How to Embrace Tech to Teach Youth Football Players.

Kids are glued to their phones. Here’s how one youth coach used that to his advantage.

How to Embrace Tech to Teach Youth Football Players.

Kids are glued to their phones. Here’s how one youth coach used that to his advantage.

These days it’s rare to find a moment when an athlete doesn’t have a screen within arm’s reach. Youths and teens are constantly checking their phones or fiddling with their tablets.

Instead of viewing this as an annoyance, Demiko Suggs decided to put it to good use.

Suggs, a youth football coach for the PG Chargers (Maryland) of American Youth Football, grew tired of seeing his players leave their paper playbooks on the sidelines or in the bleachers after games, waiting to be scavenged by future opponents. He turned to Hudl to share his installs electronically, but soon discovered there was far more worth sharing.

“These were the kids born with the phone in their hands,” Suggs said. “From the very first moment they could watch themselves on video and show their friends, (Hudl) was a hit from day one. Everyone is thoroughly familiar at this point.”

“Hudl is like Facebook. It’s thoroughly mainstream at this point.”

The Chargers are currently made up of 13-year-olds, but they were all around eight or nine when Suggs implemented Hudl. Once the players caught on, the coach took full advantage of his sharing opportunities.

Suggs became enamored with Hudl’s Play Tools feature, which allows him to share notes, player assignments and positions with the Chargers. He can also see how much time each athlete spends on Hudl, so he knows who’s studying and who needs to spend more time with his playbook.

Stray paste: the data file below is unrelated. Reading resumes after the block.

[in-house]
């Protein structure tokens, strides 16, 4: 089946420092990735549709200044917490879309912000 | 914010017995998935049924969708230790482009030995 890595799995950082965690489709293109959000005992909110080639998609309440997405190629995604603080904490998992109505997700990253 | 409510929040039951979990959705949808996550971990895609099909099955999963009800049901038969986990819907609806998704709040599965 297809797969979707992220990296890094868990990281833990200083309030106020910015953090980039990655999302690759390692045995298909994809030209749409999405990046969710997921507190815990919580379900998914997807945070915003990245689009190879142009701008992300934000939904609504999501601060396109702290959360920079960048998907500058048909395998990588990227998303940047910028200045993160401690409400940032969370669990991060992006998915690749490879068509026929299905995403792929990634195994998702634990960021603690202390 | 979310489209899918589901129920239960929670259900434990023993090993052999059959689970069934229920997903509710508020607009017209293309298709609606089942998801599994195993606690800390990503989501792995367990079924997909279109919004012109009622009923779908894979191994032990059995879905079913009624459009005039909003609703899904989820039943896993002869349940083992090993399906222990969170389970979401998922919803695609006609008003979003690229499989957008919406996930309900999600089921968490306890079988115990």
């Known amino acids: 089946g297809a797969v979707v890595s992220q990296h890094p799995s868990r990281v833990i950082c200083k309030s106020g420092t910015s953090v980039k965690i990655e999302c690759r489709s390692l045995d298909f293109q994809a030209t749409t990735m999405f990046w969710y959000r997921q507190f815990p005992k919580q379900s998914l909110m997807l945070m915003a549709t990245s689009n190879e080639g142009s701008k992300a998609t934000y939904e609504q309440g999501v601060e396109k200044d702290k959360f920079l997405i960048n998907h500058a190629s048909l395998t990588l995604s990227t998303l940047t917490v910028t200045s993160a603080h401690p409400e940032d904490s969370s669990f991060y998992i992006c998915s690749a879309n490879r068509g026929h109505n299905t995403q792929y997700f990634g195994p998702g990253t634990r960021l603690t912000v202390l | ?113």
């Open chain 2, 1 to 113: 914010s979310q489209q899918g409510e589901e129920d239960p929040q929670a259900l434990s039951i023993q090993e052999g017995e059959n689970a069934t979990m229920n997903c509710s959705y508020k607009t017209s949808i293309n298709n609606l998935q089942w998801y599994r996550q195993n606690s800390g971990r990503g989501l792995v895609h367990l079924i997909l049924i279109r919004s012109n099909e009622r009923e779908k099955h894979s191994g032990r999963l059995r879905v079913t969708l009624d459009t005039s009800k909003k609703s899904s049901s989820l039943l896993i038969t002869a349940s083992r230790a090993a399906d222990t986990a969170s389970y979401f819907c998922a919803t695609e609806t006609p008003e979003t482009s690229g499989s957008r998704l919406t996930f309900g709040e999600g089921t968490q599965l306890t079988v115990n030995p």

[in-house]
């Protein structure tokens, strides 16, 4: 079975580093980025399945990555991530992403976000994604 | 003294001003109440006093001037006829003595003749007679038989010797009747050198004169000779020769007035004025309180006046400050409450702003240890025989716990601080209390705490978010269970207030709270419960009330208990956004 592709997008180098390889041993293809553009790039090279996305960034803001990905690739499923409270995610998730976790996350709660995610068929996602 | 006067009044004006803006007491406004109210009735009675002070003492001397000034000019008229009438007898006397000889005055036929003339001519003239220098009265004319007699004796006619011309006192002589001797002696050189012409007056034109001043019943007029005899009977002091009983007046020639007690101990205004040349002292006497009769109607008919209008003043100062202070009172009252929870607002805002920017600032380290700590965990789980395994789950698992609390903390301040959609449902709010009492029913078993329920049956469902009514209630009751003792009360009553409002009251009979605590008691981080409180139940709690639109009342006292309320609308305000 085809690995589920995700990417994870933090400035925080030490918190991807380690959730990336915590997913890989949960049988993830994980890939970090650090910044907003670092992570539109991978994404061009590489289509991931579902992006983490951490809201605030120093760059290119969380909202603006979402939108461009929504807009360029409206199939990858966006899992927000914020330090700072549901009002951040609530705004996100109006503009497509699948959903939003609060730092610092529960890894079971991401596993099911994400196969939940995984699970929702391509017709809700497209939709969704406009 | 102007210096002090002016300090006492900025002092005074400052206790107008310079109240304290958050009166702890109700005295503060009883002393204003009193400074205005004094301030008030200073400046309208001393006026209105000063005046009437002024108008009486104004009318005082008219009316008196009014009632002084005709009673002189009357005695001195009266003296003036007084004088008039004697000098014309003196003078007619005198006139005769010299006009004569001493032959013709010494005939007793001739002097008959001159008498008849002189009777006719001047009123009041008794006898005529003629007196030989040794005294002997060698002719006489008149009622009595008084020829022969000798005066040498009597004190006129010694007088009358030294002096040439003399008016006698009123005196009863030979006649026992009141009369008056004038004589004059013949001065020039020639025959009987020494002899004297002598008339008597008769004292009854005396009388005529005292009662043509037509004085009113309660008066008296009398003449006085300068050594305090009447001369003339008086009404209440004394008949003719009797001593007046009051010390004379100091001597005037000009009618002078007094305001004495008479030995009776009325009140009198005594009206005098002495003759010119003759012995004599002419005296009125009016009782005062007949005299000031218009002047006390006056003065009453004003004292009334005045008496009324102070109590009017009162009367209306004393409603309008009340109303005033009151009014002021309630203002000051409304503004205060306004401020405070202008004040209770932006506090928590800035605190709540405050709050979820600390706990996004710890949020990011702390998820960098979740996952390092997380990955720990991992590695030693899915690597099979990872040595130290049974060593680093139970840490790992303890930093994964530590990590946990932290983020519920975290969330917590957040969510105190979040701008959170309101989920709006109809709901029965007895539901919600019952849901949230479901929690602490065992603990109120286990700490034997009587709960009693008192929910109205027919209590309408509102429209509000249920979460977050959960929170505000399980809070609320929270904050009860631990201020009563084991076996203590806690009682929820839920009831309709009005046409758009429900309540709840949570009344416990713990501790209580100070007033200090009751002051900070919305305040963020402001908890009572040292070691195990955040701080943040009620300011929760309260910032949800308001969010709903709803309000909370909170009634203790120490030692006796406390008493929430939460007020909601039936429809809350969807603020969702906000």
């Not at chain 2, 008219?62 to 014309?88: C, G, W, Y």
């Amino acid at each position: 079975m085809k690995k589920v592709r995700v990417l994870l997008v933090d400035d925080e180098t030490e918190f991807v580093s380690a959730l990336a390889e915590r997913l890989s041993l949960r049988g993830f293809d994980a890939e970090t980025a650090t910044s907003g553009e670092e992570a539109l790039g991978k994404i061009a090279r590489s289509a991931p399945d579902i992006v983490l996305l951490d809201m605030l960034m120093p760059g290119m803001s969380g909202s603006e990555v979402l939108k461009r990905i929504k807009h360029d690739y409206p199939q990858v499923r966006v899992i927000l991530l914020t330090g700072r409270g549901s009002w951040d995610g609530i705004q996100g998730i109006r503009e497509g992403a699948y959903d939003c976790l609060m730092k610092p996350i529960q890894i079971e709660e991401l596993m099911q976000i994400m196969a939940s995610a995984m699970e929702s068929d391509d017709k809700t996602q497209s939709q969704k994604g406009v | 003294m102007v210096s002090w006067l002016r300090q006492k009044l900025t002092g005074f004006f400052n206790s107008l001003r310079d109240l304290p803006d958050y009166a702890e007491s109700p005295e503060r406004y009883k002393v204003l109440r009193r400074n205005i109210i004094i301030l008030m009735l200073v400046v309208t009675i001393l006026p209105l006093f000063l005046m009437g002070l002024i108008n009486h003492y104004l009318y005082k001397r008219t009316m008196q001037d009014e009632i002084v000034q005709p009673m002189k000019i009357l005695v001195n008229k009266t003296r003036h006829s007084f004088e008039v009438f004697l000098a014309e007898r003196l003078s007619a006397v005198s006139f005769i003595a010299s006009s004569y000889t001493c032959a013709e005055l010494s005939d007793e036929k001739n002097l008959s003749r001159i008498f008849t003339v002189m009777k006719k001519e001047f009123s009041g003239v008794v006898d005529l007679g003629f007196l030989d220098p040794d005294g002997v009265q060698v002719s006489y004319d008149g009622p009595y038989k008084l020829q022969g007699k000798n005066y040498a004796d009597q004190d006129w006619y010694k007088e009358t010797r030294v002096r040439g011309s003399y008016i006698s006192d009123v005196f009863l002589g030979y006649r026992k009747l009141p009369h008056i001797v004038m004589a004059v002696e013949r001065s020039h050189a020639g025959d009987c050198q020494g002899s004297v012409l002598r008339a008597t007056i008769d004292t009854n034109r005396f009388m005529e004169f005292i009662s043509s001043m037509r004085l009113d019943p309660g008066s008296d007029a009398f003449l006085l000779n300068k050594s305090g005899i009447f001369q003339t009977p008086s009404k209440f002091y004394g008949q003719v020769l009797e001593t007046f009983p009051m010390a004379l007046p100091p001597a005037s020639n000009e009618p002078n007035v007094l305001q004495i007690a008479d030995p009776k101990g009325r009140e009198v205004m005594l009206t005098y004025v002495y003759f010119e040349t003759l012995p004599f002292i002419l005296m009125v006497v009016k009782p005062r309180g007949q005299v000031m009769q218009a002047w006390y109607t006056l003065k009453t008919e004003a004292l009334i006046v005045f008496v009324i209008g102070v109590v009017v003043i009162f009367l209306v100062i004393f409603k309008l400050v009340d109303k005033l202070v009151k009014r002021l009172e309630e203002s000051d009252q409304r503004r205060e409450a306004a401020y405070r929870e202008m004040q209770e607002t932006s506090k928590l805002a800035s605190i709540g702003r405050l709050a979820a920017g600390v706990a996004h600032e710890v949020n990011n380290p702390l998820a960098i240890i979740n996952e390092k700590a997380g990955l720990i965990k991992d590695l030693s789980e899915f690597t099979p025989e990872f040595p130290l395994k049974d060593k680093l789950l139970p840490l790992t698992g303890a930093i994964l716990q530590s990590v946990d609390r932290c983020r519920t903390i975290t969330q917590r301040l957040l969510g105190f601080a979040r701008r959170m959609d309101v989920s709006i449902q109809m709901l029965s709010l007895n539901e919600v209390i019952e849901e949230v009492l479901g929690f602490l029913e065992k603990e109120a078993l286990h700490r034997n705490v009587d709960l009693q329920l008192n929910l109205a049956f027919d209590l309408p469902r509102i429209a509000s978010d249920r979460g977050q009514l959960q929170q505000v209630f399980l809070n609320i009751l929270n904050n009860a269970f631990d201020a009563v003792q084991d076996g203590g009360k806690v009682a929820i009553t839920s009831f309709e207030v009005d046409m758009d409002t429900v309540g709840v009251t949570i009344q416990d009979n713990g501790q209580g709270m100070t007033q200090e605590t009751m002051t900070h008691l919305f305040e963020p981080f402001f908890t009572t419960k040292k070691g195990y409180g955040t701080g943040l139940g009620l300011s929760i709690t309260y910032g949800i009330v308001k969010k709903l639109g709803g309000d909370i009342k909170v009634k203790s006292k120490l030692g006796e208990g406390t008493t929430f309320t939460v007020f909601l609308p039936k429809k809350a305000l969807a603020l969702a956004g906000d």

But Suggs also shares plenty of video from practice and games with his players. He uses comments and drawings to mark missed assignments, poor technique and other notes he wants to distribute.

“We can coach faster on the field,” Suggs said. “We don’t have to stop practice to say, ‘Hey, you did this right or you did this wrong.’ It’s that second set of eyes. If you’re running a drill, you might be focusing on hand placement and footwork. Watching practice later gives us that 20/20 hindsight to say, ‘Let’s make sure we reinforce that or we correct the footwork on that play.’”

Some feedback is instantly administered while other times Suggs holds back. His quarterback, for example, might receive some clips of his throws from practice with instructions to watch his footwork or arm angle. Meanwhile, corrections in tackling or blocking are usually saved for the following day’s practice.

While not every coach feels the need to share as much as Suggs does, he considers using Hudl as an essential element to competing on the national level. He’s interested in nabbing any advantage he can get his hands on.

“Now kids are glued to their phones, so it makes it much easier,” Suggs said. “And with the messaging feature, we don’t have to wait for certain communication windows. We don’t have to wait until eight o’clock tonight to send a message. I can send it in the morning. I can send it at lunch time. ‘Hey, there are new plays added to the install. Take a look when you can.’

“It removes a lot of barriers to communicating with the kids.”

Check out what Hudl can do for your athletes by clicking here.

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